Last post on Oct 23, 2013 at 3:46 PM
You are in the Audi A6
What is this discussion about?
Audi A6, Sedan
#3131 of 6921 Manual transmissions in Audi's RIP
Aug 20, 2002 (9:47 am)
Here is what I think is happening:
1. the TT will have an automatic in it in the 2003 model year, I heard if you got the 180HP model that it will "soon" only come in auto
2. the base A6 has lost the manual, the 4.2 never had it, ditto S6, and most of the 2.7T's by far have been autos (ditto the allroad)
3. on the dealer's lot, about 2/3 of the A4's are auto
4. the CVT will soon be ready for quattro
5. the 6spd tip, which I am led to believe will "convert" even a die hard like me, is coming soon across the line
6. the RS6 and S8 -- only automatics
7. the new A4 Cab -- auto only
8. CVT and new 6spd conventional automatic will be "enough" to certify for US, why bother with manual.
9. new W8 Passat will soon (2003 model) be avail with 6spd manual and sport suspension.
Conclusion (my opinion): perhaps while not withdrawn from the market entirely, the manual transmission Audis will (are) become (ing) an increasingly smaller percentage of the total sold (according to my dealer) and therefore will be "THE" special order cars, discounts will be more rare on the manuals, and trade in values will be eroded. Result: we consumers won't want to order our cars "special" pay more than an identical one that is on the lot but that has an auto, have the residual value of the manual Audi erode faster than the auto, and probably have less aggressive lease rates for the manual transmission cars.
I don't like it, not at all -- but ditto the above for BMW and Mercedes (heck Mercs are probably pretty darn close to 100% automatic already). There are NO 7 series BMW's with sticks and it is hard to come by a 5 series with one (even though like the A6 2.7T, there are BMW 5 series with stick shifts "on the lot.").
VW -- virtually all VW's do come with sticks -- so for now Audi will go after the sporty crowd who apparently are plunking down in increasing numbers, money for automatic Audis far more than they are for the stick shift versions. The argument of the sportier automatic is gaining some believers through the inclusion of the manu-matic transmissions that have become the virtual standard since calendar year 1997.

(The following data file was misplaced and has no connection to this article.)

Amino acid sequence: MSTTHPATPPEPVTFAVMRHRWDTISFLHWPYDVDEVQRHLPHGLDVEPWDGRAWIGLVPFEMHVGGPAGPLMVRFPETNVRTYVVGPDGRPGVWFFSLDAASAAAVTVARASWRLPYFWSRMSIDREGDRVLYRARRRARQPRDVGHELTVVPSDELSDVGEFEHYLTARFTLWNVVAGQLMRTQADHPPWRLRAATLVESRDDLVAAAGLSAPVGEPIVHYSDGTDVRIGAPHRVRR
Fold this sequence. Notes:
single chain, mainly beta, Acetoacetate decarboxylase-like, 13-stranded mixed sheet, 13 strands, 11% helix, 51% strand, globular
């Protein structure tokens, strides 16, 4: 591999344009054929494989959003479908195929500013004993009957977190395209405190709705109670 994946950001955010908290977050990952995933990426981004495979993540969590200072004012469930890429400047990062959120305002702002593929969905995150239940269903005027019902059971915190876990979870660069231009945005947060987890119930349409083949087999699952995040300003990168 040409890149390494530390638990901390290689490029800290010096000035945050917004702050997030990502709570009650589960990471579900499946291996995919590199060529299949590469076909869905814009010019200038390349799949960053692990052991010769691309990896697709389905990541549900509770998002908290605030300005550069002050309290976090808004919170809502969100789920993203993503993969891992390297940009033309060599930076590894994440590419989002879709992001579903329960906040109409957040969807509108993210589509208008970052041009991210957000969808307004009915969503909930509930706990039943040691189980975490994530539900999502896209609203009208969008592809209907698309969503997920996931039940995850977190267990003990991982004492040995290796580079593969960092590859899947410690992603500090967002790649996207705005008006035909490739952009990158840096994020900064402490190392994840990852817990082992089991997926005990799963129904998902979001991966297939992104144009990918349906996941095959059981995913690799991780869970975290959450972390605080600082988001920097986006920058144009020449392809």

Heck, I even bought my A6's with automatics, because I wanted the 4.2 package -- the automatic, which I did not want, came along for the ride.
Hopefully I can keep the allroad for at least 36 months (which is my plan), for I fear that even the mighty S4 which may be initially offered with a stick shift -- will change to all auto (like the S6) due to lack of interest in a stick shift version.
#3132 of 6921 lodging a lemon complaint
Aug 20, 2002 (1:54 pm)
Is anyone familiar with Audi's dispute resolution mechanism for lodging a complaint?? I called Audi customer service and they said I have to submit in writing a complaint to Audi North America but I have no idea what they want me to write. Is this the time I get lawyers involved or it after this step? Also, earlier I received some responses telling me to contact the regional Audi rep. Could someone please give me this number. My manuals are in the car, which by the way, is still in the shop I would ask my dealer for the number but he couldn't even give me the correct number for Audi customer relations. Thanks in advance!!
Aug 20, 2002 (3:43 pm)
Your erudition and well laid out presentation on all things Audi cannot be impugned. Ironic, isn't it, that manual Audis would in a future world command a premium when AUTOMATICS were once the feature costing an additional four-figures!?! However, manuals may be subject to a "dead-cat bounce" as several noteable automakers have been rushing them to market; To mind come Lexus IS300, MB C240. I agree and lament with you whole-heartedly: technology may very well render the ubiquity of manuals obsolete. Thanks.
#3135 of 6921 2003 A6 3.0 quattro is cheaper than 2002 model
Aug 22, 2002 (4:29 am)
When I shopping for A6 3.0 quatro it turned out that the price was cut for the new model. Here are the MSRPs (in CAD)
2002 base model 54,235
ski sack 250
heated rear seats 250
PPD: auto dimming mirror w compass, auto dimming exterior mirrors, homelink, seats memory